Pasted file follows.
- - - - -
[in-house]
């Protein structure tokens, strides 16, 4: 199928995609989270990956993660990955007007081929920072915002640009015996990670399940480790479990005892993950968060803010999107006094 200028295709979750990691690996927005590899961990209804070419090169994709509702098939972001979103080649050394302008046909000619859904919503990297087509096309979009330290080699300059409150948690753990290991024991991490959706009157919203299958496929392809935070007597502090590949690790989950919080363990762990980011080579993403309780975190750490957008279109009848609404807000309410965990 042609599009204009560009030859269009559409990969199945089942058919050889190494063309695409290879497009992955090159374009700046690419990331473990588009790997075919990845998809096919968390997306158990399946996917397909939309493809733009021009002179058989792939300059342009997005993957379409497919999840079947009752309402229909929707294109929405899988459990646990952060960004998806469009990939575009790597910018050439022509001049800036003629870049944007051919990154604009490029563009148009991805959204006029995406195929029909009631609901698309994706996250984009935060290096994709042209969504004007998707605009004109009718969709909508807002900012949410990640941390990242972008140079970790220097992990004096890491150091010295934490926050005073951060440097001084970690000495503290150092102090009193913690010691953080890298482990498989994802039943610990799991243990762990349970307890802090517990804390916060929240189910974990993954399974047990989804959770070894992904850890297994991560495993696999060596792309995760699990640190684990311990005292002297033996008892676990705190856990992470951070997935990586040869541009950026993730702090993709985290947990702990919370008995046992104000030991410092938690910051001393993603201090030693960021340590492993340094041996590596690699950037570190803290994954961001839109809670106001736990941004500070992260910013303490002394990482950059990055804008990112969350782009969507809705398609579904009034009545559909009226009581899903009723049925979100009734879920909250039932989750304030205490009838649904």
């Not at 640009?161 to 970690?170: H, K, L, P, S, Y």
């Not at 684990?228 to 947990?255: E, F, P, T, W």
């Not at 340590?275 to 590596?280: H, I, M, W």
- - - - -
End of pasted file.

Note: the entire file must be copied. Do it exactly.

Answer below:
[in-house]
């Protein structure tokens, strides 16, 4: 199928995609989270990956993660990955007007081929920072915002640009015996990670399940480790479990005892993950968060803010999107006094 200028295709979750990691690996927005590899961990209804070419090169994709509702098939972001979103080649050394302008046909000619859904919503990297087509096309979009330290080699300059409150948690753990290991024991991490959706009157919203299958496929392809935070007597502090590949690790989950919080363990762990980011080579993403309780975190750490957008279109009848609404807000309410965990 042609599009204009560009030859269009559409990969199945089942058919050889190494063309695409290879497009992955090159374009700046690419990331473990588009790997075919990845998809096919968390997306158990399946996917397909939309493809733009021009002179058989792939300059342009997005993957379409497919999840079947009752309402229909929707294109929405899988459990646990952060960004998806469009990939575009790597910018050439022509001049800036003629870049944007051919990154604009490029563009148009991805959204006029995406195929029909009631609901698309994706996250984009935060290096994709042209969504004007998707605009004109009718969709909508807002900012949410990640941390990242972008140079970790220097992990004096890491150091010295934490926050005073951060440097001084970690000495503290150092102090009193913690010691953080890298482990498989994802039943610990799991243990762990349970307890802090517990804390916060929240189910974990993954399974047990989804959770070894992904850890297994991560495993696999060596792309995760699990640190684990311990005292002297033996008892676990705190856990992470951070997935990586040869541009950026993730702090993709985290947990702990919370008995046992104000030991410092938690910051001393993603201090030693960021340590492993340094041996590596690699950037570190803290994954961001839109809670106001736990941004500070992260910013303490002394990482950059990055804008990112969350782009969507809705398609579904009034009545559909009226009581899903009723049925979100009734879920909250039932989750304030205490009838649904």
């Not at 640009?161 to 970690?170: H, K, L, P, S, Y």
């Not at 684990?228 to 947990?255: E, F, P, T, W």
């Not at 340590?275 to 590596?280: H, I, M, W």